“The world's five original nuclear weapons countries have all suspended production of fissile materials for new weapons and are negotiating cuts in their nuclear arsenals. But one nuclear-armed nation is heading in the opposite direction. Pakistan is steadily building more nuclear weapons, adding production capacity to produce plutonium and enrich uranium, and building new missiles to deliver nuclear warheads,” Olli Heinonen wrote in a newspaper.
“The nuclear risks in Pakistan are three-fold: its non-proliferation record is poor, there are concerns about the security of sensitive nuclear materials, and there is no sign of a slowdown in its nuclear weapons drive. A global response needs to be calibrated to address all three of these potential threats,” he added.
He noted that an International Panel of Fissile Materials report said that Pakistan now has 70 to 90 nuclear warheads- more than its archrival India- which puts Pakistan on track to command the world's fourth-largest nuclear weapons arsenal by the end of the decade.
He said that the evidence suggests that Pakistan is trying to develop a second-strike nuclear capability, and it has already tested cruise and other missiles that can carry strategic warheads from land or even from submarines.
Also, North Korea and Pakistan also “continue to partner each other such as in matters of missile and uranium enrichment technologies,” said Heinonen, Senior Fellow at the Harvard Kennedy School’s Belfer Center for Science and International Affairs.
“With fears of continued nuclear proliferation and fueled by complicated regional dynamics and on-going domestic instability, it is imperative for the world to make greater efforts to persuade and pressure Pakistan to halt its nuclear buildup,” he added.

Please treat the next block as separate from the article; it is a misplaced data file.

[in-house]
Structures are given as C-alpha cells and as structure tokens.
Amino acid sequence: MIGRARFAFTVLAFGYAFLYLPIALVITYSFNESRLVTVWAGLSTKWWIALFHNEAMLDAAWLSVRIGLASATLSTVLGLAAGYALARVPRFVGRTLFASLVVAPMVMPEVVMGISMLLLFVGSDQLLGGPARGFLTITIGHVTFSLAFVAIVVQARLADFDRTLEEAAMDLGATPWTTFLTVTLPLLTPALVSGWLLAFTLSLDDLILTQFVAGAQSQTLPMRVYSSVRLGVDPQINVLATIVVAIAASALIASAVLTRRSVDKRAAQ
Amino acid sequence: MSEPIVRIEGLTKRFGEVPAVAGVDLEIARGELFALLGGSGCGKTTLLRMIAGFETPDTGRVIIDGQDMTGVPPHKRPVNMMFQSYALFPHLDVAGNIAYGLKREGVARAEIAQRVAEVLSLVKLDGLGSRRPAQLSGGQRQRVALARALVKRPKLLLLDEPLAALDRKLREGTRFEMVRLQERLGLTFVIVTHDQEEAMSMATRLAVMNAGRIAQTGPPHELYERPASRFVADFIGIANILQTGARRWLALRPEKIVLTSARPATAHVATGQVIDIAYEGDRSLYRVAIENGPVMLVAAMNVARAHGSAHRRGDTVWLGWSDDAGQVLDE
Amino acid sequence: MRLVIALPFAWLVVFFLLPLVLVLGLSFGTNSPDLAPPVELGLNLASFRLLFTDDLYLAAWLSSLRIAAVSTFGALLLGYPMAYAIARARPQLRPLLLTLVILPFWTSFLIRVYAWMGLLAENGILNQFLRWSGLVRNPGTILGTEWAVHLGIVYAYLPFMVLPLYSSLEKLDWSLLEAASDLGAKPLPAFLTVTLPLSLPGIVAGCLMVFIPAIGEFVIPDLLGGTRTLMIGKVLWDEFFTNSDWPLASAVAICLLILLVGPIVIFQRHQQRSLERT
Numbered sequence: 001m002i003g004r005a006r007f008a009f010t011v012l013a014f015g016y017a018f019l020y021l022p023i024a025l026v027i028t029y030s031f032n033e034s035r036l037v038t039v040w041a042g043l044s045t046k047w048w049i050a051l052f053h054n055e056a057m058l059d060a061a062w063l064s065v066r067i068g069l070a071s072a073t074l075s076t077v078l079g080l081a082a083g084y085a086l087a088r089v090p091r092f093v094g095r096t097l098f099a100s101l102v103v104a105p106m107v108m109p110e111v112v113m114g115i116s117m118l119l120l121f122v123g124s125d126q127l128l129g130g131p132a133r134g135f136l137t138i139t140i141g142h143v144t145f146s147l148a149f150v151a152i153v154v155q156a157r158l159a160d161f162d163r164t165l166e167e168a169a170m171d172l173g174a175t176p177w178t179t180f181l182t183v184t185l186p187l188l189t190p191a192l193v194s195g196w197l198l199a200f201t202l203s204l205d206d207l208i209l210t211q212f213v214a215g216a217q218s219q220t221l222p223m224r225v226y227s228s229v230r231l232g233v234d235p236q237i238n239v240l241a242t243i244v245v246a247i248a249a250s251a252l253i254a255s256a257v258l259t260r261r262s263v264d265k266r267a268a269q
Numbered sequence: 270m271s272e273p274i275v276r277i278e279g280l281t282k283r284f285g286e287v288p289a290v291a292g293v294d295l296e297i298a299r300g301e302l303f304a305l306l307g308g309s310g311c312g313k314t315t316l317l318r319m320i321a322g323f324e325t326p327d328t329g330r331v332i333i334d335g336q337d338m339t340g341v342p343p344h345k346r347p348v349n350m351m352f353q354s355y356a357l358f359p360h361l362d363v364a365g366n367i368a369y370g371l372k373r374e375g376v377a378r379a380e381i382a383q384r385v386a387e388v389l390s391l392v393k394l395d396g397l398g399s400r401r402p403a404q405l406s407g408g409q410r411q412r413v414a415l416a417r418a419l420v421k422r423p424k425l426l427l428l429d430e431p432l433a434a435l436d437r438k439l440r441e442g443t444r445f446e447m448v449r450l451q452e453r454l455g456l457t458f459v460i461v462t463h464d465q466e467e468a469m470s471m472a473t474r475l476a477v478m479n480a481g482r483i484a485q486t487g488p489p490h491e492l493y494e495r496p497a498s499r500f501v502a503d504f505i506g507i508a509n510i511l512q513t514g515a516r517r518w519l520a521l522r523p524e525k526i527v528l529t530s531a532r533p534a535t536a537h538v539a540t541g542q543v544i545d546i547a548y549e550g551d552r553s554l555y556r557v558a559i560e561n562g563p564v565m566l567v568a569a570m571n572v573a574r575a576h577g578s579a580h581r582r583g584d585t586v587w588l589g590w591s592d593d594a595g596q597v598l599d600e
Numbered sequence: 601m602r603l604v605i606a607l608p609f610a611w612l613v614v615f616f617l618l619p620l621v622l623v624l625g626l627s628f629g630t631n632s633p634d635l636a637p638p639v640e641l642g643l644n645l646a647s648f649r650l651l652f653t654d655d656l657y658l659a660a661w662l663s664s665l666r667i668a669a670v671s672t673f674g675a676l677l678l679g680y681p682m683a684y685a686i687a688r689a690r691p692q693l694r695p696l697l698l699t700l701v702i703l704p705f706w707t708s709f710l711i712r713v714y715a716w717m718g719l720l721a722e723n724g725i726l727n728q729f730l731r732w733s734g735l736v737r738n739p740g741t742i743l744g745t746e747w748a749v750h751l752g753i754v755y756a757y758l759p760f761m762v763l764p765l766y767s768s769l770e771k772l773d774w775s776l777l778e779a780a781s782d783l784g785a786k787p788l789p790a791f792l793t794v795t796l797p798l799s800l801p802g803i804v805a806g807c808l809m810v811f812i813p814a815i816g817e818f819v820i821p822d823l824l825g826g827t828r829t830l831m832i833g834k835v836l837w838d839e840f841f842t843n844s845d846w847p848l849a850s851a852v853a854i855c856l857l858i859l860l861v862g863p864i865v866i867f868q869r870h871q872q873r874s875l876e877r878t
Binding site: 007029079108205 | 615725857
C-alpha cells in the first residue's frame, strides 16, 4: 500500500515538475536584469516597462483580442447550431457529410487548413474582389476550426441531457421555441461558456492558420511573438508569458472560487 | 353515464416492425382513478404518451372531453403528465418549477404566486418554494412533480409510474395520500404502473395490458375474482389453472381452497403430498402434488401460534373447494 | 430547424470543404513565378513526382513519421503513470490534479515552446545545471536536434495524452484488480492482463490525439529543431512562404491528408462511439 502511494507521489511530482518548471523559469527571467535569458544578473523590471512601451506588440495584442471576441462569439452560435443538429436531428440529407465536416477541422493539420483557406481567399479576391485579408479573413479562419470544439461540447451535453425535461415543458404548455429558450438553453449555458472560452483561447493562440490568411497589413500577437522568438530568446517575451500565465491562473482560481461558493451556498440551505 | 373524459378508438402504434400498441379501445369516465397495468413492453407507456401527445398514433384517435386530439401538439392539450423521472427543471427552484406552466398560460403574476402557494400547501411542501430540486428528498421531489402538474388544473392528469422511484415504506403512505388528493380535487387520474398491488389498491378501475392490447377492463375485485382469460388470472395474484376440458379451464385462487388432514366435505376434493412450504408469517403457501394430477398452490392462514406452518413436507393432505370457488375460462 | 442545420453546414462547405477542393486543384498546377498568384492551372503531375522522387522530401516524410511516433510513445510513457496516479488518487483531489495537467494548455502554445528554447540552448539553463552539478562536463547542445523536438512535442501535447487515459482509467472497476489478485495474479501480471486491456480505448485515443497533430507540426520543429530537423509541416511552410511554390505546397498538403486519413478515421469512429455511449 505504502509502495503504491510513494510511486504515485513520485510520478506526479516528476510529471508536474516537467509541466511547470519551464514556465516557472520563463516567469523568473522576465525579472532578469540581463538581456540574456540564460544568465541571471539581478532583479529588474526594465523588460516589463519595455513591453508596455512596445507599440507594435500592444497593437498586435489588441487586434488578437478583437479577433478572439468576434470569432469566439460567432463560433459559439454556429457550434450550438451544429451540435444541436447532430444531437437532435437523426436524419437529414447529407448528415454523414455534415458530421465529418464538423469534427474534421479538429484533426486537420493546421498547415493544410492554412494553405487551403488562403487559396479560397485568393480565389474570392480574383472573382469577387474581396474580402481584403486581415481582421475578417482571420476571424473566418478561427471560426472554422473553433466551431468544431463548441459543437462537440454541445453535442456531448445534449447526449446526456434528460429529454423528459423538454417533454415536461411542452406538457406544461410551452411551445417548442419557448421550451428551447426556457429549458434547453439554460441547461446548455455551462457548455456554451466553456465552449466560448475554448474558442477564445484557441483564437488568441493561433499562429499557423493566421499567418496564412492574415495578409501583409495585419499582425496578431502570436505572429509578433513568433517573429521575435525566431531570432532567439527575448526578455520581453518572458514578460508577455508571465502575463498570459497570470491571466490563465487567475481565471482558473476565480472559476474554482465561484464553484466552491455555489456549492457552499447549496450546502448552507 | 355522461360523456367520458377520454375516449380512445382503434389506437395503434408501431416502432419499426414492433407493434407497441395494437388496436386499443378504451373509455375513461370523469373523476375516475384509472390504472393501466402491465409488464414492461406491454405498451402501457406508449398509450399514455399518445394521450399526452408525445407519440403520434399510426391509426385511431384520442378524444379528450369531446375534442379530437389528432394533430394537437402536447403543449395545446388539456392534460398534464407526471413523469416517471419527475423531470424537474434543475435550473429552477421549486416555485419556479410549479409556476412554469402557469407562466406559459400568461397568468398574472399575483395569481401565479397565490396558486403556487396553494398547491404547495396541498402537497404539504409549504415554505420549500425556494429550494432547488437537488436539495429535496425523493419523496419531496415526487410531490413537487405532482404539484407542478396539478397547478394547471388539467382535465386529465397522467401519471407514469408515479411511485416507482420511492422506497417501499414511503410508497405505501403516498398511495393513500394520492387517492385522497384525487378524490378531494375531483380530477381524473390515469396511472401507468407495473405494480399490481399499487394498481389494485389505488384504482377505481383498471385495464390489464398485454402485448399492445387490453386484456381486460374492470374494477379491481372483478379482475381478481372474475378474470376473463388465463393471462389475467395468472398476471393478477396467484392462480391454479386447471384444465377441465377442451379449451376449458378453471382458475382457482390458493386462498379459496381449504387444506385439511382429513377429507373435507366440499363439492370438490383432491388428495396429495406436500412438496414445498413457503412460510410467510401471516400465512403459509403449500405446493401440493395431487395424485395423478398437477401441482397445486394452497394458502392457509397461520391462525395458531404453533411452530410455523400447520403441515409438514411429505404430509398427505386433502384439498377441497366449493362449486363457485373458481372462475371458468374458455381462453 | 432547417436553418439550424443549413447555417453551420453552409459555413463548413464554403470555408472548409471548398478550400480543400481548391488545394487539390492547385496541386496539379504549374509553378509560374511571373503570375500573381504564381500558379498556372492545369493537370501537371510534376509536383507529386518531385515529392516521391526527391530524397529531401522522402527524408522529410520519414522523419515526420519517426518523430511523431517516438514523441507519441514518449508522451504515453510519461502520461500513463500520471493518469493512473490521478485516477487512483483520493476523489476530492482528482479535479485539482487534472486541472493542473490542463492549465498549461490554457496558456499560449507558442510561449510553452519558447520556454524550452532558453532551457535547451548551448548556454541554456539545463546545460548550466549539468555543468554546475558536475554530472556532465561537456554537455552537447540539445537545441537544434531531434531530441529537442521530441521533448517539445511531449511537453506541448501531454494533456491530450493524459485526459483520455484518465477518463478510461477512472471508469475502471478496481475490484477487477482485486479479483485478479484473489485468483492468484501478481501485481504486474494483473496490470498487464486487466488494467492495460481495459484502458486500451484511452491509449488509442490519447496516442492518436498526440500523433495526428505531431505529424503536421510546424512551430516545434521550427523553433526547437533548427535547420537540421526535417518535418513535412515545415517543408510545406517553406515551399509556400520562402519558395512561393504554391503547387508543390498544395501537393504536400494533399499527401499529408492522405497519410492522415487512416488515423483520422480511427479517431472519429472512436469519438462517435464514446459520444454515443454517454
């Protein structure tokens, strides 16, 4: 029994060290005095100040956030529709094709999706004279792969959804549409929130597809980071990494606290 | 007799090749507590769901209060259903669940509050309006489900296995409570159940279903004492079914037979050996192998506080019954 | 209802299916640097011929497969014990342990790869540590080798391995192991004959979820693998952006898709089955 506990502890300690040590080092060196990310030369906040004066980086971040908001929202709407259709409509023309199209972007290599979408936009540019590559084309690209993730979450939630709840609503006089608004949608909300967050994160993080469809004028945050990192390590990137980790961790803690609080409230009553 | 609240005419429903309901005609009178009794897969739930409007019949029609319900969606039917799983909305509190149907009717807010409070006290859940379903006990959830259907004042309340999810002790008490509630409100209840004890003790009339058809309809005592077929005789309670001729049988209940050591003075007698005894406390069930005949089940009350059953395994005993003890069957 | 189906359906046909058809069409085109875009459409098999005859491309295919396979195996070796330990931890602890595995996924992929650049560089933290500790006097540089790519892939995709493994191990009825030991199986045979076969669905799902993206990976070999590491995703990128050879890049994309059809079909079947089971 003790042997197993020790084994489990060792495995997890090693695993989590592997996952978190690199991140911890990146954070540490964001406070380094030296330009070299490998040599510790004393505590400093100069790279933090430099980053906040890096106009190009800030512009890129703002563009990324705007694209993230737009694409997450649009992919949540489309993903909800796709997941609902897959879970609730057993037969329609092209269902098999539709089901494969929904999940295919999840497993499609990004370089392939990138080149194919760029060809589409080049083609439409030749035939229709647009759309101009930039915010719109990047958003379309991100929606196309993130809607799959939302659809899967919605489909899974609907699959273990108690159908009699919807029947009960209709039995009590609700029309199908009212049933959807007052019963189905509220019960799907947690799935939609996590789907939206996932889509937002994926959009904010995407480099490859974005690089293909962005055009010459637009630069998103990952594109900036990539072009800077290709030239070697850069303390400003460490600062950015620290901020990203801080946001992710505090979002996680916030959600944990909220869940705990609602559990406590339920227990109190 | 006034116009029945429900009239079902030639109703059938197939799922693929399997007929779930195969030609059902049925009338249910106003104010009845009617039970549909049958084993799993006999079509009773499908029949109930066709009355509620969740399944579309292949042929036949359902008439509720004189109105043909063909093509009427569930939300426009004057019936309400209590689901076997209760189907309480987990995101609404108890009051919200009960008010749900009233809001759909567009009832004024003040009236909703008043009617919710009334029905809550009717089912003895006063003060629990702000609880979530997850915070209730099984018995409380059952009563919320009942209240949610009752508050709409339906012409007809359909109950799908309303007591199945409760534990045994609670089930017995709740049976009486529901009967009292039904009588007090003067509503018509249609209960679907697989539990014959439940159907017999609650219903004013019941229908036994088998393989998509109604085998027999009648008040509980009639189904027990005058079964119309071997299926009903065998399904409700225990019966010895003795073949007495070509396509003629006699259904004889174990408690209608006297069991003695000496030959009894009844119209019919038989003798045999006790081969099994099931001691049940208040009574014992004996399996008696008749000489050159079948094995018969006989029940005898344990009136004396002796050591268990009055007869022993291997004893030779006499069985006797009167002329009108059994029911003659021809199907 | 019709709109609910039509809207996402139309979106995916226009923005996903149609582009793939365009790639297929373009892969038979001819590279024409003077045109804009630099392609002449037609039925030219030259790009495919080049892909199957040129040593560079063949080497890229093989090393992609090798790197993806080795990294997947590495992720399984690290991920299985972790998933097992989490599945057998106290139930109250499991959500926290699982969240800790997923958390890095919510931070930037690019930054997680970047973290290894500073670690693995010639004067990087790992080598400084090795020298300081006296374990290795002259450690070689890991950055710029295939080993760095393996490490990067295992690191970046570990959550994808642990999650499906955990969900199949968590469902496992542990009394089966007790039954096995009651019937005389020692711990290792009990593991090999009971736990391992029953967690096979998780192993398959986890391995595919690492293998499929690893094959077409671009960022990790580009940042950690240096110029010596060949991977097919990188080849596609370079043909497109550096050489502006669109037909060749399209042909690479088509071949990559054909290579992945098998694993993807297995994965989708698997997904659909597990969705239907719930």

Heinonen argued that not providing sufficient attention and expanding the effort to place Pakistan's nuclear build-up as a priority issue may “risk a nuclear proliferation crisis of a significant scale.”
“Another reason why the world needs to focus on ensuring that Pakistan's nuclear material, particular at the bulk handling facilities, remains under proper safeguards is because Pakistan is not party to the Nuclear Non-Proliferation Treaty or NPT,” he pointed out.
Heinonen explained that the role of the International Atomic Energy Agency (IAEA) to provide comprehensive safeguards is limited in this case, which, in the longer term, “raises a further challenge of creating effective multinational mechanisms that exercise oversight over countries that remain outside the NPT and not just those countries that voluntarily operate within the system.”